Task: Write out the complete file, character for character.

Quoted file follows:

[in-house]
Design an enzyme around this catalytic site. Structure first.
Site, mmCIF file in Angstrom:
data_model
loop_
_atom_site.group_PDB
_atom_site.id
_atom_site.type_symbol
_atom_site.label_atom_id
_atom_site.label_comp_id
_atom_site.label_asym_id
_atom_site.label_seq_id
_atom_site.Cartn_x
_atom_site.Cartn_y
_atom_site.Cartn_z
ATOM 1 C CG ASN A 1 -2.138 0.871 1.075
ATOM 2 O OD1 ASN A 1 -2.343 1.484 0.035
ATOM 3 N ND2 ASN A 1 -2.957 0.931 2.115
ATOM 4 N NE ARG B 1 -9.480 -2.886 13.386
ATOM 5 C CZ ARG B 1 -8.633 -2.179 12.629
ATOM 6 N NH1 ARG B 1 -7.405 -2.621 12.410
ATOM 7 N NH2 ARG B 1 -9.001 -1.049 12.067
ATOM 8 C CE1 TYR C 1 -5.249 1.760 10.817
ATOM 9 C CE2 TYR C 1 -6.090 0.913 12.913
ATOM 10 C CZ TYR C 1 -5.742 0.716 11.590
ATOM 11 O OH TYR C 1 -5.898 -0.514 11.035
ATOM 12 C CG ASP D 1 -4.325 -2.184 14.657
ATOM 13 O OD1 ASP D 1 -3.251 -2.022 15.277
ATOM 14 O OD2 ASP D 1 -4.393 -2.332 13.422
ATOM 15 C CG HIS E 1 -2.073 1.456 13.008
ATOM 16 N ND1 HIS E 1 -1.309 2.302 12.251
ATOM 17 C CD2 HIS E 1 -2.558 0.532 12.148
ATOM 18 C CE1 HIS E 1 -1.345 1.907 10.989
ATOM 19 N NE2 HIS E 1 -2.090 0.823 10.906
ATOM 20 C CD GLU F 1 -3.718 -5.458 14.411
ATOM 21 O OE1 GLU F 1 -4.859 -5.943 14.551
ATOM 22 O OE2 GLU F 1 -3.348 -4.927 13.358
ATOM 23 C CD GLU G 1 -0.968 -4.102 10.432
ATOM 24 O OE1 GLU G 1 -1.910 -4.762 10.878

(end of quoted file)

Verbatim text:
[in-house]
Design an enzyme around this catalytic site. Structure first.
Site, mmCIF file in Angstrom:
data_model
loop_
_atom_site.group_PDB
_atom_site.id
_atom_site.type_symbol
_atom_site.label_atom_id
_atom_site.label_comp_id
_atom_site.label_asym_id
_atom_site.label_seq_id
_atom_site.Cartn_x
_atom_site.Cartn_y
_atom_site.Cartn_z
ATOM 1 C CG ASN A 1 -2.138 0.871 1.075
ATOM 2 O OD1 ASN A 1 -2.343 1.484 0.035
ATOM 3 N ND2 ASN A 1 -2.957 0.931 2.115
ATOM 4 N NE ARG B 1 -9.480 -2.886 13.386
ATOM 5 C CZ ARG B 1 -8.633 -2.179 12.629
ATOM 6 N NH1 ARG B 1 -7.405 -2.621 12.410
ATOM 7 N NH2 ARG B 1 -9.001 -1.049 12.067
ATOM 8 C CE1 TYR C 1 -5.249 1.760 10.817
ATOM 9 C CE2 TYR C 1 -6.090 0.913 12.913
ATOM 10 C CZ TYR C 1 -5.742 0.716 11.590
ATOM 11 O OH TYR C 1 -5.898 -0.514 11.035
ATOM 12 C CG ASP D 1 -4.325 -2.184 14.657
ATOM 13 O OD1 ASP D 1 -3.251 -2.022 15.277
ATOM 14 O OD2 ASP D 1 -4.393 -2.332 13.422
ATOM 15 C CG HIS E 1 -2.073 1.456 13.008
ATOM 16 N ND1 HIS E 1 -1.309 2.302 12.251
ATOM 17 C CD2 HIS E 1 -2.558 0.532 12.148
ATOM 18 C CE1 HIS E 1 -1.345 1.907 10.989
ATOM 19 N NE2 HIS E 1 -2.090 0.823 10.906
ATOM 20 C CD GLU F 1 -3.718 -5.458 14.411
ATOM 21 O OE1 GLU F 1 -4.859 -5.943 14.551
ATOM 22 O OE2 GLU F 1 -3.348 -4.927 13.358
ATOM 23 C CD GLU G 1 -0.968 -4.102 10.432
ATOM 24 O OE1 GLU G 1 -1.910 -4.762 10.878